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"zvláštní muž"

Translation:strange man

September 7, 2017

28 Comments


https://www.duolingo.com/profile/alexxxius83

There is a word pair "zvlašt' / dohromady" that means "separately / together". Considering this, can "zvláštní muž" be understood as a "separate man" or "independent man" or it always means "strange/weird" in this context?


https://www.duolingo.com/profile/JanLyko
Mod
  • 415

Good point. Definitely not as a "separate man" or "independent man", more like "apart". Depending on circumstances it could mean "special", "peculiar" or "strange/weird".

BTW,

"separate man" = "samostatný muž"

"independent man" = "nezávislý muž"


https://www.duolingo.com/profile/cboteros

Actually when ou consider the origin of the word "Strange" it does relate also to "being separated"

From Middle English strange, from Old French estrange, from Latin extraneus (“that which is on the outside”)

https://en.wiktionary.org/wiki/strange


https://www.duolingo.com/profile/MartinPavl12

The most accurate translation would be extraordinary as if you want to say strange, odd or weird you use rather word "divný" (derived from "divit se" (to wonder) which is relative to word "dívat se" (to look)) It can also mean particural, special, concrete especialy with conection to word "případ" which means case. Zvláštní případ means particural special case. Special theory of relativity could be rarely translated as "zvláštní teorie relativity" and it does not mean that the theory is strange. :)


https://www.duolingo.com/profile/DevilInThe

I don't hear the "l" in stange. Is it supposed to be there?


https://www.duolingo.com/profile/PetrKryze

yeah, the pronounciation is just quite quick so it blends, but if you would say the word really slow, it would be definitely pronounced :)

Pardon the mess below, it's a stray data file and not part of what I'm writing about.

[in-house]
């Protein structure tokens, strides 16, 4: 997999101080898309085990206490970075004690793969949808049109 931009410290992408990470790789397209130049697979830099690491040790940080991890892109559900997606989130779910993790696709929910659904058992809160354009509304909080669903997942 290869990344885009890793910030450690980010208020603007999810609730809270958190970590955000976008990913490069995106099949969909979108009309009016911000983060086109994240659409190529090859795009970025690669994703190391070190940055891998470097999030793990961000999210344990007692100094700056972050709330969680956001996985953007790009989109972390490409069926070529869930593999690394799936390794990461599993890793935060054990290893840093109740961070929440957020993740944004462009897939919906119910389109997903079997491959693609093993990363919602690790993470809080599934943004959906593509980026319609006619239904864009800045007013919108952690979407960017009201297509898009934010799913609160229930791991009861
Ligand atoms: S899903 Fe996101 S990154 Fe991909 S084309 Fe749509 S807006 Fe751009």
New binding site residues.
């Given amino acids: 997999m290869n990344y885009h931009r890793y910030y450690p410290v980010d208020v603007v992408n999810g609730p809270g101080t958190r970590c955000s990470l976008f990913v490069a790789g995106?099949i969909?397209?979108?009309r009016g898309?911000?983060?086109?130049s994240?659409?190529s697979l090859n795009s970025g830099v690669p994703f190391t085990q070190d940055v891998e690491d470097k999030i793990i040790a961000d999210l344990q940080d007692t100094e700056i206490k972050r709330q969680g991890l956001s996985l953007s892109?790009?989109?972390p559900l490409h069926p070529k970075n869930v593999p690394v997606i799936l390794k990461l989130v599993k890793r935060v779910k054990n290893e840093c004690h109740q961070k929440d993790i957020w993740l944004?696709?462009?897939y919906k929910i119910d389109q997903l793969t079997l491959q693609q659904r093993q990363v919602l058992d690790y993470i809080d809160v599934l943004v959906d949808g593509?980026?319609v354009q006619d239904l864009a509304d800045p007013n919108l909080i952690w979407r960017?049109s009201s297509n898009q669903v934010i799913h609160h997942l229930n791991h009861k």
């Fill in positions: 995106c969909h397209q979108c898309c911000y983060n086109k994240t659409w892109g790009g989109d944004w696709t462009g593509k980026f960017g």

https://www.duolingo.com/profile/nueby

This is how much L you would get in real life.


https://www.duolingo.com/profile/paroleparole

in serbian "muž" means "husband" so it's funny when I think of a "weird husband" (and I still can't get used to not writing "husband" every time)


https://www.duolingo.com/profile/Somin12

In Czech it is used for both. For husband is also used "manžel". Same with woman = žena and wife = žena/manželka


https://www.duolingo.com/profile/asace

š and ž seems to be pronounced the same way to my ears. I thought ž was supposed to be sounding like the j in joy.


https://www.duolingo.com/profile/HLFzP

I would say that ž is pronounced more like the sound in word pleasure.


https://www.duolingo.com/profile/JanLyko
Mod
  • 415

They are more different at the beginning of the word.


https://www.duolingo.com/profile/racze551

Might zvláštní muž also mean a man you don't know, a stranger? (Or only someone weird)


https://www.duolingo.com/profile/whitleyadam

I think special man should also be recognised as being correct


https://www.duolingo.com/profile/VladaFu

Ok, added, even though for a tree and machine it was more natural. But a special agent is zvláštní agent.


https://www.duolingo.com/profile/JanLyko
Mod
  • 415

Muž = man

Člověk = person, human


https://www.duolingo.com/profile/Lydia173678

I thought it might translate better as unique man - that implies strangeness or, even better, odd man. When you say curious man you need the context to tell whether the man is curious about things (zvědavý) or I find him curious (zvláštní)


https://www.duolingo.com/profile/jonatek1

I THOUGHT strange is "spatny"


https://www.duolingo.com/profile/BoneheadBass

The basic meaning of "špatný" is "bad." You can see some other translations here: https://glosbe.com/cs/en/%C5%A1patn%C3%BD. Since I'm learning, too, I can't tell you which are the most common ones, though I'd guess they're the ones near the top of the list. But in the course (so far...) it's usually appeared as "bad," "poor," and occasionally "wrong."


https://www.duolingo.com/profile/VladaFu

No, the main translations are cizí (foreign, alien), or zvláštní, divný, podivný (weird).


https://www.duolingo.com/profile/ash-the-dash

"Zvlastni" seems hard to pronounce unless you say it slowly.


https://www.duolingo.com/profile/endless_sleeper

Yeah, a lot of people (at least in and around Prague) would pronounce it like 'zv(l)ášní' where 'l' is very faint and 't' is left out altogether.


https://www.duolingo.com/profile/Lydia173678

I think the t is more of a glottal stop, not silent but not pronounced


https://www.duolingo.com/profile/Nicolas826756

Why 'Guy' can't be a correct translation for muž?


https://www.duolingo.com/profile/VladaFu

It is quite informal and muž is quite formal. I would equate guy with chlap.


https://www.duolingo.com/profile/BoneheadBass

I didn't realize that "muž" was a more formal word -- thanks for the tip!

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